There was one day back when I’d finished my fall semester teaching at the college before my daughter had finished hers at preschool. As I drove away from dropping her off, I should have driven home like a real grown-up and cleaned the house for a Christmas party but the Cineplex suddenly jutting up from behind the highway overpass beckoned. I made a quick exit. Turns out there was an early showing of Peter Jackson’s King Kong if I could wait it out, about fifty minutes. I sat in my car with my feet on the dash, reading The Adventures of Cavalier and Klay. Then I bought my ticket. I was the only viewer besides the employee leaning against the wall.

Maybe, just maybe, if I could build a time machine – say, out of egg beaters and duct tape and jumper cables or something – and risk putting a kink in the space time continuum, I’d travel back to Meadowlark Lane, 1977, and wait for the kid with the bowl cut to come dragging her flare-legged pants into the room. I’d take her by the shoulders and say, “Listen, kid, whatever you do, go to sleep when your parents take you to see Star Wars next week. Okay?” Because, really, that was the beginning of the end.

Maybe this way movies wouldn’t become the complete referential framework of all my memory, movies encoding every day language, movies informing such long-held beliefs such as the certain fact that you can survive a tornado if you tie your ankle to a pipe but you can’t survive a drop into a manhole. But then again, it’s possible that I make this trip back in time and deliver my message but it still doesn’t work because what’s meant to be will be.

So, this is sort of the realization I came to as I sat watching King Kong by myself, the first of my solo movie ventures, that I was destined to be sitting here thinking about things like if Naomi Watts got to keep her dress and if she puts it on sometimes but it doesn’t look the same because in the movie they’d clipped it back and if it depresses her that the only time she’ll ever look like that again is in this moment in this movie. The other realization was that this was perfectly okay with me, I mean, not the thing about the dress but the thing about me being a movie nerd.

* * *

The first showing of Inglorious Basterds on a Sunday, I take my seat and look around. Old people. Every Tarantino movie I’ve ever gone to has been full of old people who within minutes of the opening credits will leave gasping and clutching their chests. One elderly man tromps up the steps and sits right beside me. He works a big plastic grocery bag out of his jacket pocket like Mary Poppins pulling a floor lamp out of her suitcase. He tugs open a Ziploc that exhales the scent of garlic and boiled eggs and then mumbles things at the screen. I hold a finger under my nose. Curse you movie gods!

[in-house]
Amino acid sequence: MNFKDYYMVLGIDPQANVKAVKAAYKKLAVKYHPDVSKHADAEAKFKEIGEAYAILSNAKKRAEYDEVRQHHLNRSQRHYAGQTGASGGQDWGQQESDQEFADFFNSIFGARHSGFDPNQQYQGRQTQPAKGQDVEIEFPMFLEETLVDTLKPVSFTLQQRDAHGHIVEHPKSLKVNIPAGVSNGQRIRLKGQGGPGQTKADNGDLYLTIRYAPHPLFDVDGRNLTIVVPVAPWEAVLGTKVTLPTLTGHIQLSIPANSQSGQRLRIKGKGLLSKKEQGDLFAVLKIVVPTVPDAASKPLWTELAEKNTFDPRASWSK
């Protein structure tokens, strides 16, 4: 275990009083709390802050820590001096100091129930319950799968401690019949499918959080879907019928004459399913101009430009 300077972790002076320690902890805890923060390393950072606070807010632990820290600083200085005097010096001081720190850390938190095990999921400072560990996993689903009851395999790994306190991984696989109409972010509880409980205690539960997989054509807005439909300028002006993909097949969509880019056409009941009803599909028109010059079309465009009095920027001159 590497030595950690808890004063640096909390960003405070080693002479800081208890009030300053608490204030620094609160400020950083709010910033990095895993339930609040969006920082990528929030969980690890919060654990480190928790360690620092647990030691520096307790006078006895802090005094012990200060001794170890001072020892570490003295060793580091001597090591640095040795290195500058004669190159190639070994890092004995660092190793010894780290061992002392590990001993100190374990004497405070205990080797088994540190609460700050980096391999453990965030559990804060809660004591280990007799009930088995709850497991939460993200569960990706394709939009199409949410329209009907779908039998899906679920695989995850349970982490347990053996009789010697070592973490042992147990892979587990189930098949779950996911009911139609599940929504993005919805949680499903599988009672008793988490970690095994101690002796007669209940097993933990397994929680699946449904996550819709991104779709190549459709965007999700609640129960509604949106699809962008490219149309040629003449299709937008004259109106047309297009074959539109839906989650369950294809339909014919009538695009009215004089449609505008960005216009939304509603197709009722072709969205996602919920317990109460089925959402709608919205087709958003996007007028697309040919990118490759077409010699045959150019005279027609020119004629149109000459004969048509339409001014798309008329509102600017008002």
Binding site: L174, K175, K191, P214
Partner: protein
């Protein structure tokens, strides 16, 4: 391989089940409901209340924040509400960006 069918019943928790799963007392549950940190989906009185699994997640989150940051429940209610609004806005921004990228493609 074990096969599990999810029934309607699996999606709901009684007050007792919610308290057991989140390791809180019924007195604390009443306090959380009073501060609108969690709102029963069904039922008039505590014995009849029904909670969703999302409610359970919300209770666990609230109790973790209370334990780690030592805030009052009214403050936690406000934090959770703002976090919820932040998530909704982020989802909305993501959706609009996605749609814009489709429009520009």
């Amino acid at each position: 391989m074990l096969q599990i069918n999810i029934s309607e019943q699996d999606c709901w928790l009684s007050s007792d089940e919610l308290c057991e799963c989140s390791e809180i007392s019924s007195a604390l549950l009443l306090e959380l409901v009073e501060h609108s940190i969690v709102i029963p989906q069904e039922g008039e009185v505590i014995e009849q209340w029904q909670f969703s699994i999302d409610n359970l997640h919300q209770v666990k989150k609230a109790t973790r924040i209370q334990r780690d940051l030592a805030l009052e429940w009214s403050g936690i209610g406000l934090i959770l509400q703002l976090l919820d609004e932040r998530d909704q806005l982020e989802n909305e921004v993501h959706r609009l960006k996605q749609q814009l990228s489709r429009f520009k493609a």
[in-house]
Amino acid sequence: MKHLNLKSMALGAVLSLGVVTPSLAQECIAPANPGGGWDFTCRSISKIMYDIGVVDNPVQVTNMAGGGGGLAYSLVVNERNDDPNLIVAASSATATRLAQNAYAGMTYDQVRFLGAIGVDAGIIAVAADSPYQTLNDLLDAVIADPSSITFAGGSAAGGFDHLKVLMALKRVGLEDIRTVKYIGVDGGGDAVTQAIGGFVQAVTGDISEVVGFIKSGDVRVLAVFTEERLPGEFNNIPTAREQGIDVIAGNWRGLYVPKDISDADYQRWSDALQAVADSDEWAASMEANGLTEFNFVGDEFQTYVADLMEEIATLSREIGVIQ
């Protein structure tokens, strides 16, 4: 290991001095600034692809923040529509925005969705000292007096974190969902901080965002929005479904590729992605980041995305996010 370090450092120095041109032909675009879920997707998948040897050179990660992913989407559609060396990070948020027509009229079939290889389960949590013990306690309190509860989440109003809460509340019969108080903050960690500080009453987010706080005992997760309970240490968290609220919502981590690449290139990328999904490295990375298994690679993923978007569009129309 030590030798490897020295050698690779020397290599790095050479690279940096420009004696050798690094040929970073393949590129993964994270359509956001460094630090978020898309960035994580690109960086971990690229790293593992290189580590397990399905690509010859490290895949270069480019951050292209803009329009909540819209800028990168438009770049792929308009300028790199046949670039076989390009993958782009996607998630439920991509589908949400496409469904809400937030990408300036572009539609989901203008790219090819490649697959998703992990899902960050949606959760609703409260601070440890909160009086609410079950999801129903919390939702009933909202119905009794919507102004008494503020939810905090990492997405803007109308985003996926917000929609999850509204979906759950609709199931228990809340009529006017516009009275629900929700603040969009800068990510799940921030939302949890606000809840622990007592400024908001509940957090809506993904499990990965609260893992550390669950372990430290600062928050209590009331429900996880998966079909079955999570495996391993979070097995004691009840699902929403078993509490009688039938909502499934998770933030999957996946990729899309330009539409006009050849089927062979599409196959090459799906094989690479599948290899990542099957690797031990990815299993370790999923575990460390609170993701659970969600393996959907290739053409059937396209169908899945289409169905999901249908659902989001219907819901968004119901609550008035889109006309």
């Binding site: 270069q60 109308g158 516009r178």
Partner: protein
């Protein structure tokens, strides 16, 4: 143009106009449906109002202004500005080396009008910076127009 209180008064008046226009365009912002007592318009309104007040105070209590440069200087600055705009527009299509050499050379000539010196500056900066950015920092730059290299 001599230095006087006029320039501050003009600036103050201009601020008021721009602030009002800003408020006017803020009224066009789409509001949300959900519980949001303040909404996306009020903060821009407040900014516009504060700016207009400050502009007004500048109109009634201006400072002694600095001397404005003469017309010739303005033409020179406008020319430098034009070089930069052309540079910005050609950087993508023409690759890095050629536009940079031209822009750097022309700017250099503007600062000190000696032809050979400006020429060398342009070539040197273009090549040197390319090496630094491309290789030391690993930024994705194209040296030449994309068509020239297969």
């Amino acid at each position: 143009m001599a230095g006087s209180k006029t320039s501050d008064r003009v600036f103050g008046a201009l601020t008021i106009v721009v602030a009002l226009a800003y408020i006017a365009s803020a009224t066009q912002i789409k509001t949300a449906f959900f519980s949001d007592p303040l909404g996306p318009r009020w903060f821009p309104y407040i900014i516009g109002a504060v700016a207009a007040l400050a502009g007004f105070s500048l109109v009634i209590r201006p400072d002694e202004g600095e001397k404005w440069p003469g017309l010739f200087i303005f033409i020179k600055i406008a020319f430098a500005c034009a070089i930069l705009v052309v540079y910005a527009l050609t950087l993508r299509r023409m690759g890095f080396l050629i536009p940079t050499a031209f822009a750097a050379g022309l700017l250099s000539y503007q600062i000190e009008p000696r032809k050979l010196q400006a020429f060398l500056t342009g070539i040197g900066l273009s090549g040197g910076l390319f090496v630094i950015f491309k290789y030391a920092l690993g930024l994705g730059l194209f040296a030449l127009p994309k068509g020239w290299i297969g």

The opening scene is easily one of the best movie moments ever. The throw-back Morricone score colors the grandiose inspection of the French countryside, a vehicle churning up dust on the desolate road, and the father with a look in his eye that conveys he understands what’s going to happen next and then after that and then after that. Here’s the thing about Tarantino. It’s been done before. Or rather, if we disassemble the whole and inspect the parts, it’s the parts that have been done before. And let’s face it – it’s not like Tarantino’s grazing the gourmet side of the smorgasbord. Most of the time this guy scoots his tray along and unabashedly reaches right past the tidy little cuts of filet mignon to grab the slice of Jello mold stippled with marshmallows and oyster crackers. It’s what he does with what he’s assembled that makes for an extraordinary end result. He’s like that guy who painted the Madonna out of elephant dung.

This is what I’m thinking as I make my quick exit. Then the man with the reeking plastic bag stops me by standing in the way of the aisle and asks, “Aren’t you going to pick all your trash up?” I open my mouth to tell him about how there are people who get paid to do this, but then these very people are standing right there by the trashcan they’ve rolled in looking like they don’t really mind the big empty purposelessness of their jobs in the least. So I turn back. “Telling me to pick up my shit,” I mumble to myself, leaning to reach a candy box, scowling, and when I look up, still hunched and grumbling, I see a couple moving out of the row just in front of me, sidestepping really, really fast and trying not to make eye contact.

Cynthia Hawkins received her Ph.D. in Literature and Creative Writing from SUNY Binghamton, and her creative work has appeared in such journals as Passages North, Whetstone, and Our Stories. Her freelance entertainment features and reviews have appeared in the San Antonio Current, the Orlando Weekly, the Detroit Metrotimes, the Monterey County Weekly, InDigest Magazine, and Strange Horizons.